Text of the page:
It is pleasing to learn that some toy shops have responded to campaigns such as Let Toys Be Toys and Pinkstinks by reducing gendered signage to differentiate boys’ toys from girls’.

Critical Media Literacy

So how do girls’ toys and cheerleaders relate to my Year 3 students? Popular culture, including toys, is saturated with stereotypes that define male and female norms and can contribute to a limited version of women’s (and men’s) role in the community. It is perhaps an instinctual response, but directing children away from popular culture will not develop their ability to engage critically with it. The Canadian group, Girls Action Foundation assert that when girls are provided with the necessary tools, space and information, they are able to engage with popular culture in liberating ways.

Image: Brad Flickinger. student_ipad_school - 154. CC BY 2.0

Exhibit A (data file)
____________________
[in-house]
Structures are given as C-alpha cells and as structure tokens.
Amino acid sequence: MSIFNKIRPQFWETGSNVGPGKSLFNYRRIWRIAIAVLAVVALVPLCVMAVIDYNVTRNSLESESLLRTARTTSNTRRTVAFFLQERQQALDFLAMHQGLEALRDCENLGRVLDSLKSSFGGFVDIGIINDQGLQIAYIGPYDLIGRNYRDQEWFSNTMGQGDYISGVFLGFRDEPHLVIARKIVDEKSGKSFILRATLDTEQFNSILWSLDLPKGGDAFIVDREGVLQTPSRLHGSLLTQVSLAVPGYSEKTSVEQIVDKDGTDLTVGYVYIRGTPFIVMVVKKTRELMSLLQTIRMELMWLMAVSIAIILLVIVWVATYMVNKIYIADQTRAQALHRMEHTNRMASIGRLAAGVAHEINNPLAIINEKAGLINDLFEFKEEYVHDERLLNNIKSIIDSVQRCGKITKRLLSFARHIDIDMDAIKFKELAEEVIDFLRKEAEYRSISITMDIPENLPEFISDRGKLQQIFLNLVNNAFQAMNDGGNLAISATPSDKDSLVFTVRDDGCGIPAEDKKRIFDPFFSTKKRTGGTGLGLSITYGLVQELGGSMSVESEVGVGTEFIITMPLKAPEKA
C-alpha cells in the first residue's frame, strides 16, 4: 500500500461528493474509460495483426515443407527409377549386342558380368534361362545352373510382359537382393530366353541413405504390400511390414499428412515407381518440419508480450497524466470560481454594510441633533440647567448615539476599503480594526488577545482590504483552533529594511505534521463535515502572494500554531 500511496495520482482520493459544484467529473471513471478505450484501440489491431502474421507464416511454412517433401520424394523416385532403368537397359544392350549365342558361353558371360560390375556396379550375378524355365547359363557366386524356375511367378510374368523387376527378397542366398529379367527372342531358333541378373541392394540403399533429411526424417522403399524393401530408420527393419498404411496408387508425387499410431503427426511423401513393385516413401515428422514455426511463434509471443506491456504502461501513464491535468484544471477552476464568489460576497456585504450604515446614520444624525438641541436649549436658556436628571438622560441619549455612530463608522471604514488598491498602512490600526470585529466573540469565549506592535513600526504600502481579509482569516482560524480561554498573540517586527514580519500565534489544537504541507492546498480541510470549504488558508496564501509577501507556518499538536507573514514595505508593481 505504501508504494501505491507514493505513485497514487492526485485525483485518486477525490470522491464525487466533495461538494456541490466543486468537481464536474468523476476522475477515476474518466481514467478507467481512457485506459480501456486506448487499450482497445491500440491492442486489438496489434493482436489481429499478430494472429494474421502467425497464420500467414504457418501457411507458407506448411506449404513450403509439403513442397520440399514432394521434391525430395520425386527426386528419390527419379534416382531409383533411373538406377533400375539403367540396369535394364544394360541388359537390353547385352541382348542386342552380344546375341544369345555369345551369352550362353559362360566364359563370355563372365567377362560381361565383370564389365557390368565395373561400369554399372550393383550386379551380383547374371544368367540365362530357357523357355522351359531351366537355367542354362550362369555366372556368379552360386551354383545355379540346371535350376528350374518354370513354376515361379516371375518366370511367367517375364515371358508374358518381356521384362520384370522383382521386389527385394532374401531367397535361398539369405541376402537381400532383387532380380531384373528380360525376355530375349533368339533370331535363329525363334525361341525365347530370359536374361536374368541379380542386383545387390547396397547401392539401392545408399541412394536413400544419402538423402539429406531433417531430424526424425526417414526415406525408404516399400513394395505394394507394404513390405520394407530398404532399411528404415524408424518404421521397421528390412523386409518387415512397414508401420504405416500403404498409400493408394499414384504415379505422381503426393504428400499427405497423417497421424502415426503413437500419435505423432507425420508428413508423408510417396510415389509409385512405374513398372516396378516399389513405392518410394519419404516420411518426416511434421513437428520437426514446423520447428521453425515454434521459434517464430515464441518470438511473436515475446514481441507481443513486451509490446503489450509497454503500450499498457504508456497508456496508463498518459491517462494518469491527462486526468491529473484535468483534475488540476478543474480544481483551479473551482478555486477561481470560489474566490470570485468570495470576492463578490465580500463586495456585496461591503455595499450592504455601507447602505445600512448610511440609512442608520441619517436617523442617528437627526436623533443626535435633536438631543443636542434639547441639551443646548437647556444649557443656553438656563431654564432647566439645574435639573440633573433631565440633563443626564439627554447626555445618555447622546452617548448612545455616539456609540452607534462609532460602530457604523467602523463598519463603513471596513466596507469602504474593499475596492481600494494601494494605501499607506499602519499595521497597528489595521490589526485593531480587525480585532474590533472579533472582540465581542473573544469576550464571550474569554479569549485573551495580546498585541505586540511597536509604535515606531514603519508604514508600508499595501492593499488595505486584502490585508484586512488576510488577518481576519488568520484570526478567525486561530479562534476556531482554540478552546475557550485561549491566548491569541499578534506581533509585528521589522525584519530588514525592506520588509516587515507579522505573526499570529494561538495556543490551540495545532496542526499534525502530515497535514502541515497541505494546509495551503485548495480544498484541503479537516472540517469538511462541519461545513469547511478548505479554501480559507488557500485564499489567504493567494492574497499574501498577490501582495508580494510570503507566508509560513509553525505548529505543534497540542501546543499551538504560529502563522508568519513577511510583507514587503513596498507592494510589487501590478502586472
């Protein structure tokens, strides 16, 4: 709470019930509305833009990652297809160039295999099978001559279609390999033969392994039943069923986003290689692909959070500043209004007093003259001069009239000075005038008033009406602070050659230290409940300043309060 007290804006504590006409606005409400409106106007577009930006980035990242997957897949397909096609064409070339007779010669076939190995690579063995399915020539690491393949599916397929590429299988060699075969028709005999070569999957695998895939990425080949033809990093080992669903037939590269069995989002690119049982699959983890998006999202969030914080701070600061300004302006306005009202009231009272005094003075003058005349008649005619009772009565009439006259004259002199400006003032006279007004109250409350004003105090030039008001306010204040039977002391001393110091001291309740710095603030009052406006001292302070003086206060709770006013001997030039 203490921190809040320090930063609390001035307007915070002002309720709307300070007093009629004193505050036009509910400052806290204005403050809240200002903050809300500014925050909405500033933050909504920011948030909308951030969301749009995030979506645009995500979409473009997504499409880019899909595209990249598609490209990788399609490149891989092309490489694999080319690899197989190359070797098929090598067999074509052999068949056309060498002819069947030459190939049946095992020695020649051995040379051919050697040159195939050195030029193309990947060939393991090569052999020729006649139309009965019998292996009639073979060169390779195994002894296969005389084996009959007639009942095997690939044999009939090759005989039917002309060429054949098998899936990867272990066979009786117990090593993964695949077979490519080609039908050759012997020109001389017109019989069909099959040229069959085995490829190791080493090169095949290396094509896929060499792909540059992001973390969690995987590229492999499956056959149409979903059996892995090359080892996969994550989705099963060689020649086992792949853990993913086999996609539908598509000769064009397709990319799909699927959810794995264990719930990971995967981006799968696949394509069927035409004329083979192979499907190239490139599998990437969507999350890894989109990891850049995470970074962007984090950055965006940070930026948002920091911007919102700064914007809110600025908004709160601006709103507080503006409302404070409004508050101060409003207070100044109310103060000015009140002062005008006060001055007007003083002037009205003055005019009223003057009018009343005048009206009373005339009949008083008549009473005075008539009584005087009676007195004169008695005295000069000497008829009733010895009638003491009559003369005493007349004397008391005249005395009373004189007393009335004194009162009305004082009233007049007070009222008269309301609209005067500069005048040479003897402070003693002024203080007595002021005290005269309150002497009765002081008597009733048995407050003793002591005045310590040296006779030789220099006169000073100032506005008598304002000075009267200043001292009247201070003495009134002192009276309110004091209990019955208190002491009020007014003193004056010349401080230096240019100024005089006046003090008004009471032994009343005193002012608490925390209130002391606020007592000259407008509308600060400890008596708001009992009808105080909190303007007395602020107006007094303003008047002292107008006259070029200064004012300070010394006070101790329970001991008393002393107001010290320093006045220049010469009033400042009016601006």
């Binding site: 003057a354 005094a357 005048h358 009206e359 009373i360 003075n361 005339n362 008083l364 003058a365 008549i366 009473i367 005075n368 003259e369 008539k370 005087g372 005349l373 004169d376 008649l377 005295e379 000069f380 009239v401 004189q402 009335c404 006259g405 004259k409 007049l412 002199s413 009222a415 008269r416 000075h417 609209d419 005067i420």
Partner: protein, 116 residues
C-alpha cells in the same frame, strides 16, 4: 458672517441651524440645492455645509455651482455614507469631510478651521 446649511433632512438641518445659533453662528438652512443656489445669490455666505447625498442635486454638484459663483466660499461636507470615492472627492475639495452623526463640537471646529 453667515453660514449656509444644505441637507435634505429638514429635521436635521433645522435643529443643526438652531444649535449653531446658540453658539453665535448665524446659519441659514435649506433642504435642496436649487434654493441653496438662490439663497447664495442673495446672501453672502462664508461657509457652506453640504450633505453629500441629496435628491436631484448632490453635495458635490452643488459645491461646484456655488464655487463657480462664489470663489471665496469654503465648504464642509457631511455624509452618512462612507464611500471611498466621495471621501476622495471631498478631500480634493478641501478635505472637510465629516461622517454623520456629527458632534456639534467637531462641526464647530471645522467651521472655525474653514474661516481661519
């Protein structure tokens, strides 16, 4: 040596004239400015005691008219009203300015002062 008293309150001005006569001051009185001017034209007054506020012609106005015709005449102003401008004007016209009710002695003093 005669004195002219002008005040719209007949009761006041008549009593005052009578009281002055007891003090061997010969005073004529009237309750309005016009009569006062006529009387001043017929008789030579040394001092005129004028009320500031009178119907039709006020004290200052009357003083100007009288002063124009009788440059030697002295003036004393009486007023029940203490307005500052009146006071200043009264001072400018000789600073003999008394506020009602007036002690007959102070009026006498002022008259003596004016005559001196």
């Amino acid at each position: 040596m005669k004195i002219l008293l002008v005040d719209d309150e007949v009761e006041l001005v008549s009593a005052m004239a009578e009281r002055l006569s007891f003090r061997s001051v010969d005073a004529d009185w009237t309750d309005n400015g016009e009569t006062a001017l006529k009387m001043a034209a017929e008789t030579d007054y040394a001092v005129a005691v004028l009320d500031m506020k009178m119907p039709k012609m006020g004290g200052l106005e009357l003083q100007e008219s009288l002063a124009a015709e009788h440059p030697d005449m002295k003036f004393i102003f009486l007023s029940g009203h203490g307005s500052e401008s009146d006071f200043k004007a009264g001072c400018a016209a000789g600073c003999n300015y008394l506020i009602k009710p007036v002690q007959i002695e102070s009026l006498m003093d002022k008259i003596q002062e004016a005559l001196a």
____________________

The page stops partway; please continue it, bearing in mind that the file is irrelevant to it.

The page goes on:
Image: Brad Flickinger. student_ipad_school – 154. CC BY 2.0

Among several strategies suggested by the Girls Action Foundation are two which I find relevant. The first is a no-brainer, but so crucial for student engagement with pop culture. As an educator I need to ensure girls (and boys) are provided with opportunities to examine the messages contained within their popular culture. Questioning texts in terms of: who is included, who is left out, how is gender represented, are diverse cultures represented and do they accurately portray real life, can help students identify stereotypes and biases.

U.S. Mission Geneva / Eric Bridiers
Image: from U.S. Mission Geneva / Eric Bridiers. CC BY-ND 2.0.

The second is to provide an all-girl space in which girls can discuss popular culture messages about girls and women. My experience of teaching has been that girls’ behaviour is different in all-girl classes from their behaviour in mixed classes. Providing all-girl spaces may be hard to achieve in some schools, but it could foster deeper conversations about stereotypes of women presented in pop culture. It could also symbolise the importance educators place on the status of women in the community.

Image: MJGDSLibrary. CC BY-NC-ND 2.0
Image: from MJGDSLibrary. 1st Grade. CC BY-NC-ND 2.0